When Samantha Mackey was diagnosed with celiac disease a few years ago, she was relieved that there was something she could do to finally stop feeling sick.
But the diagnosis also "turns your life upside down," she said.
"I can remember, you know, once standing in a supermarket and just wanting to cry because being so overwhelmed by the amount of effort that goes into just a basic need of groceries,” said Mackey, who lives in Conception Bay South, N.L.
Unless it specifically carried a certified gluten free symbol from Celiac Canada, she had to pore over the list of ingredients on every food item, as many products people often don't associate with gluten — including salad dressings and condiments — contain it.
The other shock, Mackey said, was the higher price tag on gluten-free food.
“Right from the day I was diagnosed, our grocery bill went up significantly and added hundreds of dollars a month to our bill,” she said.
Those prices have been increasing even more along with the rising cost of groceries overall. Celiac Canada says gluten-free products cost between 150 and 500 per cent more than their regular gluten-containing equivalents.
About one per cent of the Canadian population has celiac disease, the association says.
The autoimmune disorder is triggered by gluten, a protein found in wheat, rye and barley grains, said Dr. Ines Pinto-Sanchez, director of the Adult Celiac Clinic at McMaster University.
"For someone with celiac disease, eating even a small quantity of gluten leads to inflammation of the gut lining and various symptoms such as diarrhea, constipation, vomiting, bloating, tiredness, and headaches," said Pinto-Sanchez, who is also an investigator with the Farncombe Family Digestive Health Research Institute at the university.
They can also suffer long-term complications such as nutrient deficiencies, a higher risk of viral infections and pneumonia, increased risk of broken bones and a higher risk of bowel cancer, she said.
"It is essential that people with celiac disease stick to a gluten-free diet, which is medically indicated and not a personal choice," Pinto-Sanchez said.
In a survey Celiac Canada conducted late last year of 7,400 Canadians who must eat gluten-free because of their disorder, almost 93 per cent said they feel the cost of gluten-free food was more expensive than before the pandemic. Of those respondents, more than a third said they have had to adjust their finances to be able to buy the groceries they need, and one per cent have had to turn to food banks.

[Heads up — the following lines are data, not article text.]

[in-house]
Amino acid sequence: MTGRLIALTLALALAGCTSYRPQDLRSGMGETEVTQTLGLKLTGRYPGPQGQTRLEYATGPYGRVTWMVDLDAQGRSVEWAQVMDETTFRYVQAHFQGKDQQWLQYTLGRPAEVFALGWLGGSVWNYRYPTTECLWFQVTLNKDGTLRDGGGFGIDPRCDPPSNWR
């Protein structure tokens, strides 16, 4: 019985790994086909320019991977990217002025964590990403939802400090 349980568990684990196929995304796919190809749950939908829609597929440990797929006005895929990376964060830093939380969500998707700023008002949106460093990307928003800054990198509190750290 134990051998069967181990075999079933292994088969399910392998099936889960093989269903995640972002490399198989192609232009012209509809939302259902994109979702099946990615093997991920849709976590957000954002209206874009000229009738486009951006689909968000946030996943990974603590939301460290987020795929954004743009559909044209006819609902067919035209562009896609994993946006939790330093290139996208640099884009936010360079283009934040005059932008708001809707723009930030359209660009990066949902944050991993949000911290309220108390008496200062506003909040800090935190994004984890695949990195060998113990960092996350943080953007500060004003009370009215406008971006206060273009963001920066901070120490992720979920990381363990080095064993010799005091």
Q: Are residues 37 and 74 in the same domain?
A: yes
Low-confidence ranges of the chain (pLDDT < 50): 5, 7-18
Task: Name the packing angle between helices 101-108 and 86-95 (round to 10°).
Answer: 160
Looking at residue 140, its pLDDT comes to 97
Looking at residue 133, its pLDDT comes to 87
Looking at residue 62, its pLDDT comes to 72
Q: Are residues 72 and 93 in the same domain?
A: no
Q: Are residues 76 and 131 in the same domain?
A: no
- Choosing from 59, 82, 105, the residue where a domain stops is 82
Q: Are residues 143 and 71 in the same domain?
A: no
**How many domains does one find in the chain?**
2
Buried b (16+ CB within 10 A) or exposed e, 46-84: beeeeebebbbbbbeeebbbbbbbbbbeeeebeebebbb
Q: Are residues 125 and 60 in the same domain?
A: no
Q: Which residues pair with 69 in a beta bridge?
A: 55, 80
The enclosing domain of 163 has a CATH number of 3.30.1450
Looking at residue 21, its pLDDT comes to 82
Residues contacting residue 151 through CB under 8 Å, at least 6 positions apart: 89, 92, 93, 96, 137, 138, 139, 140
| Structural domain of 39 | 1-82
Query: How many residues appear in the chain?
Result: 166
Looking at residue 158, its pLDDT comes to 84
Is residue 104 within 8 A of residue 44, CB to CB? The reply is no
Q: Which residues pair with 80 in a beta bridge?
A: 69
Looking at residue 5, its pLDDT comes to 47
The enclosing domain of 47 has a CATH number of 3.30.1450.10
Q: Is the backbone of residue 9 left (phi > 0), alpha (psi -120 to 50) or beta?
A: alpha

The federal government's recently tabled budget includes a one-time grocery rebate for "low- and modest-income Canadians" that it says is meant to provide relief for Canadians as prices soar.
That rebate would be up to $153 per adult and $81 per child. Someone who is single could also receive an additional $81. Eligible seniors could receive $225.
But because gluten-free food costs so much more, Celiac Canada is calling for an increased rebate specifically for people with celiac disease in that income bracket.
The association is asking the federal government for a celiac rebate of up to $230 per adult and $122.50 per child, with an extra $122.50 for people who are single.
"This is their medication," said Melissa Secord, executive director of Celiac Canada, of eating gluten-free food. "There is no cure. There's no other treatment."
Because even a small amount of gluten can harm them, people with celiac disease sometimes keep their entire households gluten-free, Secord said.
“It's just too risky to have different meals going on in the house," said Mackey, whose husband and four-year-old daughter also eat gluten-free.
That means even higher grocery bills.
“At this point, I mean, we spend more on groceries than we do our mortgage payments,” Mackey said.
“We're in the position the whole country is (in) dealing with the cost of food being skyrocketed," she said.
"A loaf of (gluten-free) bread is eight to 10 dollars.”
The Canada Revenue Agency does allow people with celiac disease to claim "the incremental costs associated with buying gluten-free food products as a medical expense," its website says.
But doing so is an onerous task with little payout at the end, Secord said.
People must itemize every gluten-free item they buy during the year, compare it to the equivalent regular item and claim the difference.
They must also claim only the portion of the product that the person with celiac disease ate.
The system is "just unworkable for the average Canadian," Secord said, noting that 80 per cent of participants in Celiac Canada survey said they don't claim the benefit.
"It ends up that the average person might get back 30 bucks," she said.
Instead, Celiac Canada is lobbying for a flat tax credit of $1,000 in addition to the grocery rebate.
"The rising cost of living is a challenge for many Canadians and that is why our government is providing targeted, fiscally-responsible, and compassionate support for those who need it most through the one-time Grocery Rebate," said Adrienne Vaupshas, press secretary for Minister of Finance Chrystia Freeland, in an emailed response to The Canadian Press.
This report by The Canadian Press was first published April 20, 2023.
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